I was stoked to contribute to Waxpoetics’ Re:Discovery series recently. Besides being a fan of the series (which always exposes me to lost, overlooked albums), writing-wise, it allowed me to contextualize the music however I chose—which was freeing and really fun. If you haven’t heard Let’s Clean Up The Ghetto, and you like ’70s Philly soul, go check it out.
(Originally ran in Waxpoetics issue #33, The Philly Issue)
Let’s Clean Up The Ghetto
(Philadelphia International Records) 1977
The planets were aligned for change in 1977. The Vietnam debacle had ended and President Carter begun issuing pardons for nearly ten thousand draft evaders. In the postwar glow, America’s War on Poverty surfaced with renewed boldness. Politicians were reinvigorated and, more importantly, listening.
A wail came from Philly by way of Let’s Clean Up the Ghetto, a Philadelphia International Records comp featuring elites of “The Sound of Philadelphia,” a style that had long dominated R&B charts. Kenneth Gamble (owner of Philadelphia International Records) combined his biggest acts—The Three Degrees, Billy Paul, the O’Jays, Harold Melvin and the Blue Notes, Lou Rawls, and others—to raise concern about Philly’s growing ghettos. Gamble is quoted on the back as saying: “Anything physical has to first start as a thought…there’s a message in the music.”
Bobby Martin’s arrangement of “Ooh Child”, performed by Dee Dee Sharp Gamble, is pessimistic, dark, and nowhere as sunny as previous recorded versions. The Intruders’ resounding “Save the Children,” paired perfectly with Archie Bell and the Drells’ “Old People,” showed the generational effects of diminished opportunity. And Billy Paul’s buoyant “New Day, New World Comin’” wove some hope into the record’s ten-songs.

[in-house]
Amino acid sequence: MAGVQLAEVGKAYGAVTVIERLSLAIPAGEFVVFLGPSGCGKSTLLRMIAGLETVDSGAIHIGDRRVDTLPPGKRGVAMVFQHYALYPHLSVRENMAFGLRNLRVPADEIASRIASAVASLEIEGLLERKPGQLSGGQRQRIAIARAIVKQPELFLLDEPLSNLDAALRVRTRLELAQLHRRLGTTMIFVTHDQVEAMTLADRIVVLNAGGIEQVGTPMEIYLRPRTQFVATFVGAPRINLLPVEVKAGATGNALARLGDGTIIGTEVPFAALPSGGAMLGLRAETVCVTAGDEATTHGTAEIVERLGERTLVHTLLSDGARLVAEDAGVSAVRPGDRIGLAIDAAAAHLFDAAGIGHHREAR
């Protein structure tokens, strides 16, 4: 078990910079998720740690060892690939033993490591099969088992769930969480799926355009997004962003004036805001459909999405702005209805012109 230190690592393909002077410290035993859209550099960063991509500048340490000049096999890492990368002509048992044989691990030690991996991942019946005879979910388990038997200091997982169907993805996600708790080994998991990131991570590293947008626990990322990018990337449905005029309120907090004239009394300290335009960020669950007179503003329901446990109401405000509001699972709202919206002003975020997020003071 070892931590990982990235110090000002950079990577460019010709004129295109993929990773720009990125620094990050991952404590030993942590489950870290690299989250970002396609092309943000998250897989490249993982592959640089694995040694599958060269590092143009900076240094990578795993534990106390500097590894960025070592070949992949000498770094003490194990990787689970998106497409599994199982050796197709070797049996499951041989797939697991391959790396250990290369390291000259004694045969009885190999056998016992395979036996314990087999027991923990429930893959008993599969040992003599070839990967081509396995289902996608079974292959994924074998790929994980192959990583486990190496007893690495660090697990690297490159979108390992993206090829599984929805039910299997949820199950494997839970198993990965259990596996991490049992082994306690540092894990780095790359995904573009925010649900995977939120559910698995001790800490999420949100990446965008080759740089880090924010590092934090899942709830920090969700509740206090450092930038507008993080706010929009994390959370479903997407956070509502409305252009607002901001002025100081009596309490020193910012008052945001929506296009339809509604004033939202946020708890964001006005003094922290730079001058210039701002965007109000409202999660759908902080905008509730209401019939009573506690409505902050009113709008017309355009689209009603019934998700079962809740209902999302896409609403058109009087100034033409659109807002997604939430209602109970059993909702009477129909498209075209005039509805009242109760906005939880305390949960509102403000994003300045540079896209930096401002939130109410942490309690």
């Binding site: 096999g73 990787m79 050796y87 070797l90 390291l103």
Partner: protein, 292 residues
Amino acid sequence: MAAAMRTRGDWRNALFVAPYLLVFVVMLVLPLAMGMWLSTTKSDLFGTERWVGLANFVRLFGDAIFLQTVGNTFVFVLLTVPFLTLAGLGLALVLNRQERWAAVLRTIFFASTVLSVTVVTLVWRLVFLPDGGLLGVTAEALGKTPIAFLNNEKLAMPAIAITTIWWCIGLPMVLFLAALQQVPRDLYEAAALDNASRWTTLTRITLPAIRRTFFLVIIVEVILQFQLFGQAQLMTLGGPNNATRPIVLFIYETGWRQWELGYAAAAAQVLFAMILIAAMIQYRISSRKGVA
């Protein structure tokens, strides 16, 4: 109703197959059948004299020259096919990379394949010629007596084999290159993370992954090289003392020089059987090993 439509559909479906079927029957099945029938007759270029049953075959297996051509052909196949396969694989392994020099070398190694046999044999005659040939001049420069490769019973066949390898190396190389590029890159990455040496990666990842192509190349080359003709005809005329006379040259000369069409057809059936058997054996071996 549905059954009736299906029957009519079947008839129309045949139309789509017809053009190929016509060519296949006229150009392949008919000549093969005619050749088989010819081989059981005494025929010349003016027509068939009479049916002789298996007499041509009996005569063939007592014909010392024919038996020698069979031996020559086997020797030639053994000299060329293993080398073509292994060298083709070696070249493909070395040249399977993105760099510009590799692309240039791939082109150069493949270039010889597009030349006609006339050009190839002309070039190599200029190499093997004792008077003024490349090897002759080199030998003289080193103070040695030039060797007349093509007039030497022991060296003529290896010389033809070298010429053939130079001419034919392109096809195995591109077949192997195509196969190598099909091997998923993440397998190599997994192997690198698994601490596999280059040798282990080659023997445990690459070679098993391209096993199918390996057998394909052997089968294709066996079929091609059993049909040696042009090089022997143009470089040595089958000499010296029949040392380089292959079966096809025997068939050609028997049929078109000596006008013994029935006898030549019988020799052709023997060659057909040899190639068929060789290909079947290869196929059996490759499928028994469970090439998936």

Yet the title track is the project’s real centerpiece. Written by Gamble & Huff and Carey Gilbert, “Let’s Clean Up the Ghetto” is a posse cut of epic proportions. The Philadelphia International All-Stars consisted of Lou Rawls, Billy Paul, Archie Bell, the O’Jays, Teddy Pendergrass, and Dee Dee Sharp Gamble. Rawls pleads for “cleanliness” and “safety” on the opening dialogue sequence, followed by each artist echoing the sentiment, each in their own distinct fashion. Aesthetically, hefty bass and washes of harmony usher the song along for eight-minutes. And while it’s hard to measure the effect of a single recording, it certainly voiced concerns of a voiceless minority, as all the profits from the record went towards local community development as promised.
Kenneth Gamble went on to redevelop South Philadelphia for decades, and Let’s Clean Up the Ghetto marked the start of his community-minded efforts. The project is a timely battle cry given that education, affordable housing, and job creation remain dominant hurdles in many communities of today. With Obama now at the helm, let’s hope populist issues will no longer be approached with elitist policies.